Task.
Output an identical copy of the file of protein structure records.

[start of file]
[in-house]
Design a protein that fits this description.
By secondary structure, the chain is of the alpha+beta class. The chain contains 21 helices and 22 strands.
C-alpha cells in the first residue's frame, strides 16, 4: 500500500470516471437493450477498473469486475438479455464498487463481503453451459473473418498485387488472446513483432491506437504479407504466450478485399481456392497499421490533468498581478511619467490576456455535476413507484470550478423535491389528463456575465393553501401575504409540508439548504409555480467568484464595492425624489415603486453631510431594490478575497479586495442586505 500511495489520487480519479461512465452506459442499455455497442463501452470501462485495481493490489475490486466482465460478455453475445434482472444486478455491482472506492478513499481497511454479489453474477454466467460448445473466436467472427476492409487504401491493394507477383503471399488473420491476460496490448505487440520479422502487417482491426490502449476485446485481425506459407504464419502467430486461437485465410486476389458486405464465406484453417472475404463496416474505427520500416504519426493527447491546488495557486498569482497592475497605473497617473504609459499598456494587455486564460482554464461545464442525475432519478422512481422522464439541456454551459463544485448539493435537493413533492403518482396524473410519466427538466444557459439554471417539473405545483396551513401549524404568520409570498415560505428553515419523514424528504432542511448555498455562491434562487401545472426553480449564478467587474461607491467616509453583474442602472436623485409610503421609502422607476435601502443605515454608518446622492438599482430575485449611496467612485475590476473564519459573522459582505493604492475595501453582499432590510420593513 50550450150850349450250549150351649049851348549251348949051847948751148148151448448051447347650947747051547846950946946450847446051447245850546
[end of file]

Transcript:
[in-house]
Design a protein that fits this description.
By secondary structure, the chain is of the alpha+beta class. The chain contains 21 helices and 22 strands.
C-alpha cells in the first residue's frame, strides 16, 4: 500500500470516471437493450477498473469486475438479455464498487463481503453451459473473418498485387488472446513483432491506437504479407504466450478485399481456392497499421490533468498581478511619467490576456455535476413507484470550478423535491389528463456575465393553501401575504409540508439548504409555480467568484464595492425624489415603486453631510431594490478575497479586495442586505 500511495489520487480519479461512465452506459442499455455497442463501452470501462485495481493490489475490486466482465460478455453475445434482472444486478455491482472506492478513499481497511454479489453474477454466467460448445473466436467472427476492409487504401491493394507477383503471399488473420491476460496490448505487440520479422502487417482491426490502449476485446485481425506459407504464419502467430486461437485465410486476389458486405464465406484453417472475404463496416474505427520500416504519426493527447491546488495557486498569482497592475497605473497617473504609459499598456494587455486564460482554464461545464442525475432519478422512481422522464439541456454551459463544485448539493435537493413533492403518482396524473410519466427538466444557459439554471417539473405545483396551513401549524404568520409570498415560505428553515419523514424528504432542511448555498455562491434562487401545472426553480449564478467587474461607491467616509453583474442602472436623485409610503421609502422607476435601502443605515454608518446622492438599482430575485449611496467612485475590476473564519459573522459582505493604492475595501453582499432590510420593513 50550450150850349450250549150351649049851348549251348949051847948751148148151448448051447347650947747051547846950946946450847446051447245850546